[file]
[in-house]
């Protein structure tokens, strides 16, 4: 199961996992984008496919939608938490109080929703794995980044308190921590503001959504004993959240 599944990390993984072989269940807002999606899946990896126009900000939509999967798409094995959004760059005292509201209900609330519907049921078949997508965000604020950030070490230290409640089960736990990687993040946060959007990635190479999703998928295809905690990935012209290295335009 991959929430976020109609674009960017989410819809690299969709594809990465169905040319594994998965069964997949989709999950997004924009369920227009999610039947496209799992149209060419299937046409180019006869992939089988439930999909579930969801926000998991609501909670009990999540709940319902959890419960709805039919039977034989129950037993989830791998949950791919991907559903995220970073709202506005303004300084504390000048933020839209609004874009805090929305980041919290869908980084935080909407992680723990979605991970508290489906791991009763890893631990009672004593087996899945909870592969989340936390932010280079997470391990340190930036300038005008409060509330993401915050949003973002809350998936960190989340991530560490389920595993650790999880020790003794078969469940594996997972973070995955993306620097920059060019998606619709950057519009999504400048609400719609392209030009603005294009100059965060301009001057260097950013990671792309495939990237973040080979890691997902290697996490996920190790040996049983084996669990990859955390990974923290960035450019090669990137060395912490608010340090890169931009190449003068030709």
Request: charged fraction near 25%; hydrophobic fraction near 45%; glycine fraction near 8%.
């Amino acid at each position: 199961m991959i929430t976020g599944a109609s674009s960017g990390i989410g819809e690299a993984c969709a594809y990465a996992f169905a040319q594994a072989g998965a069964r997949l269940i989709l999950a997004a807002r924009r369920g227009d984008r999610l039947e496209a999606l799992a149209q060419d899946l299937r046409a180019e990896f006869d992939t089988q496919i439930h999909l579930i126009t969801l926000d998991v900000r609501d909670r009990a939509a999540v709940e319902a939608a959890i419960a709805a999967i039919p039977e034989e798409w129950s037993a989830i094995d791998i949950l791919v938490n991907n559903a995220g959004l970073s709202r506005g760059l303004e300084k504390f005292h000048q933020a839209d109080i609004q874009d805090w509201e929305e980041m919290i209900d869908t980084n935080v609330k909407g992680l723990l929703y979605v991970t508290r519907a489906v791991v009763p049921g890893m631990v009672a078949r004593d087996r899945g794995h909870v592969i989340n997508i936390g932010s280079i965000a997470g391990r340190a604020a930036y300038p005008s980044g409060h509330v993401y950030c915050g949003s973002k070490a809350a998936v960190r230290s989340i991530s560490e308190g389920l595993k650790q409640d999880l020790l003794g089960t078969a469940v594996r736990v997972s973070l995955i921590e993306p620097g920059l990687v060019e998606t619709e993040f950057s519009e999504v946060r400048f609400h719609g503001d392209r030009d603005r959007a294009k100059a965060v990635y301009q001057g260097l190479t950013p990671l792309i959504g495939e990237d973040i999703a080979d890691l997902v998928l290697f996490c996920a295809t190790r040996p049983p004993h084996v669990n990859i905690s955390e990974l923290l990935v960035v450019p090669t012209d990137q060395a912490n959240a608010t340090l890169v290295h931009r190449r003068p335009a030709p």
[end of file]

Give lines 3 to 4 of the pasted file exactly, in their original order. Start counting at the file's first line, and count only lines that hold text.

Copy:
Request: charged fraction near 25%; hydrophobic fraction near 45%; glycine fraction near 8%.
């Amino acid at each position: 199961m991959i929430t976020g599944a109609s674009s960017g990390i989410g819809e690299a993984c969709a594809y990465a996992f169905a040319q594994a072989g998965a069964r997949l269940i989709l999950a997004a807002r924009r369920g227009d984008r999610l039947e496209a999606l799992a149209q060419d899946l299937r046409a180019e990896f006869d992939t089988q496919i439930h999909l579930i126009t969801l926000d998991v900000r609501d909670r009990a939509a999540v709940e319902a939608a959890i419960a709805a999967i039919p039977e034989e798409w129950s037993a989830i094995d791998i949950l791919v938490n991907n559903a995220g959004l970073s709202r506005g760059l303004e300084k504390f005292h000048q933020a839209d109080i609004q874009d805090w509201e929305e980041m919290i209900d869908t980084n935080v609330k909407g992680l723990l929703y979605v991970t508290r519907a489906v791991v009763p049921g890893m631990v009672a078949r004593d087996r899945g794995h909870v592969i989340n997508i936390g932010s280079i965000a997470g391990r340190a604020a930036y300038p005008s980044g409060h509330v993401y950030c915050g949003s973002k070490a809350a998936v960190r230290s989340i991530s560490e308190g389920l595993k650790q409640d999880l020790l003794g089960t078969a469940v594996r736990v997972s973070l995955i921590e993306p620097g920059l990687v060019e998606t619709e993040f950057s519009e999504v946060r400048f609400h719609g503001d392209r030009d603005r959007a294009k100059a965060v990635y301009q001057g260097l190479t950013p990671l792309i959504g495939e990237d973040i999703a080979d890691l997902v998928l290697f996490c996920a295809t190790r040996p049983p004993h084996v669990n990859i905690s955390e990974l923290l990935v960035v450019p090669t012209d990137q060395a912490n959240a608010t340090l890169v290295h931009r190449r003068p335009a030709p």